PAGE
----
how do I change the starter on a 2001 chevy silverado 5.3

Asked by Mar 19, 2013 at 12:45 PM about the 2001 Chevrolet Silverado 1500 Extended Cab SB 4WD

Question type: Maintenance & Repair

3 Answers

Park your Chevy Silverado 1500 on a level surface, activate the emergency brake and place blocks behind the back tires for safety. Disconnect the negative battery cable with a terminal puller. Raise the front end of the car with a jack for easier access to the starter. Remove the protective shield (if necessary) and the starter solenoid shield. Unfasten the starter-to-transmission close out cover bolt. Place all nuts and bolts in a baby food jar, or some other safe location, to prevent loss. Disconnect the engine oil level sensor connection. Unscrew and remove the starter mounting bolts while supporting the weight of the starter. Slide the starter forward to clear the transmission and remove the starter transmission close out cover. Detach the positive battery cable and wiring harness from the starter while continuing to support the starter. Then, remove the starter from the engine. Take your malfunctioning starter to the parts store with you. Aftermarket distributors remanufacture most of the starters they sell, so you can likely obtain a partial credit toward your new starter by exchanging your old one. Be sure that you take care not to damage the starter in transit, because the better condition it is in, the more you can get for it. Purchase a replacement starter that has the same or higher cranking capacity (power rating) as the original starter. Also, match the bolt patterns, drive gears and electrical connections. Your owner's manual may list specifications or the auto parts technician will help you determine them. Download a free owner's manual at the Chevy Owner Center (see Resources). Reverse the removal process to install the new starter. Torque the starter mounting bolts to 37 foot pounds (50 Nm). Lower your Silverado 1500 back to the ground. Reconnect the negative battery cable. Turn the key in the ignition to see if your new starter motor functions correctly.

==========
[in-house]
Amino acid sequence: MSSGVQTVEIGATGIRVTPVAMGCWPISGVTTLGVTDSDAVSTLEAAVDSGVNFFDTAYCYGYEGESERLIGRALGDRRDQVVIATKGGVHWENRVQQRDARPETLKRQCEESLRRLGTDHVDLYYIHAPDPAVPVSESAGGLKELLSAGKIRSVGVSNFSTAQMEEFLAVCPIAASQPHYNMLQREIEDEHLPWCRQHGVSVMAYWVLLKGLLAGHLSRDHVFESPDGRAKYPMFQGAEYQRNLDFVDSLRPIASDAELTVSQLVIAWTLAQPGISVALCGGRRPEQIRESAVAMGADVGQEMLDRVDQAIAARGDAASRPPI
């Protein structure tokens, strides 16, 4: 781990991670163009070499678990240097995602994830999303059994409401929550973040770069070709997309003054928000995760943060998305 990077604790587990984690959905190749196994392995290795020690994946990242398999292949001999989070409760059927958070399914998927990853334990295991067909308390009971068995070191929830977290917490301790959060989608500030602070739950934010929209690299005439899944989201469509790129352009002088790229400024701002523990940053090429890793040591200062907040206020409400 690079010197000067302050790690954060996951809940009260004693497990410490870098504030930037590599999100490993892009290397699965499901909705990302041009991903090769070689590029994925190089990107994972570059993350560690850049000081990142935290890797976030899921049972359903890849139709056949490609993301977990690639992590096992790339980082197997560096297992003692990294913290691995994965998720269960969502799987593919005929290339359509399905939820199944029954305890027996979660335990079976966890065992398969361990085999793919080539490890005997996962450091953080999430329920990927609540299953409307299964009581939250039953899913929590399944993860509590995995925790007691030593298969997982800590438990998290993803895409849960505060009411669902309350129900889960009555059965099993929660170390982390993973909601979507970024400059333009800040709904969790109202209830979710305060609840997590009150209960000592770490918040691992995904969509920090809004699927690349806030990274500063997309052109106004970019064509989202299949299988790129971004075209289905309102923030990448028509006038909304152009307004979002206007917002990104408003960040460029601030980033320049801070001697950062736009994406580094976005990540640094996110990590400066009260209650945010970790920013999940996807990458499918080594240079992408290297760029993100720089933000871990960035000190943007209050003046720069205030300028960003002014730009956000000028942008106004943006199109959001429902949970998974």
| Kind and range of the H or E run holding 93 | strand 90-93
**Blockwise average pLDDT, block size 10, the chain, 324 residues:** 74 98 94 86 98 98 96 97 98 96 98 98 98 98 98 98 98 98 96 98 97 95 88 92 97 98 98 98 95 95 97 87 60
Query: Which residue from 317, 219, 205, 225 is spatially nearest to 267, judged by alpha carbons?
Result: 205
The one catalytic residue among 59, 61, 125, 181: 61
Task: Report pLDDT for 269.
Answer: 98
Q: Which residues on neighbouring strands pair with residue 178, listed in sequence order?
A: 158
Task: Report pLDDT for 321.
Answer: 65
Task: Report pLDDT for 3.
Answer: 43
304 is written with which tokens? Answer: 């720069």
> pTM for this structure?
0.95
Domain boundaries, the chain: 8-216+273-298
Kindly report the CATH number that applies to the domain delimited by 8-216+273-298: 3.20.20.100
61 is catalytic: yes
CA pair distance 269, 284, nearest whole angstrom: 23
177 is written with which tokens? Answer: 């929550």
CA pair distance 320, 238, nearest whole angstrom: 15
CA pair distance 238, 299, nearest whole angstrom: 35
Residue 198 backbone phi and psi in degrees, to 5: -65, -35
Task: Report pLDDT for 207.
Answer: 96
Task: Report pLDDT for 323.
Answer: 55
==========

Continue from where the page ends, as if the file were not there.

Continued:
13 people found this helpful.

yes. easy one- disconnect the battery at the negative terminal (easier, cause it's not clobbered up with accessory and return connectors) Down at the startermotor there is a solenoid power wire (plastic connector), a hunkin' big 1/0 battery cable with a lolipop end and a stud w/nut and bolt. Undo this bolt 5/8" wrench (could be 9/16) there are two (or is it three) bolts holding the starter to the bell housing. If you are fortunate enough to have a ten or twelve inch extension, and a swivel end socket, now would be the time to use them, if not swivel, deep well at the very least to get to that farthest bolt, undo that one, the other two, and the starter will fall out- Inspect, note the ring gear for teeth like a Clealake-ean, and smell for overload, burned solenoid....do a forensic analysis to make sure your replacement won't fail the same way.

2 people found this helpful.

David, yours is much more quaint and effective! you're the winner here, rather tony casas as he can draw his conclusions from both explainations!

1 people found this helpful.

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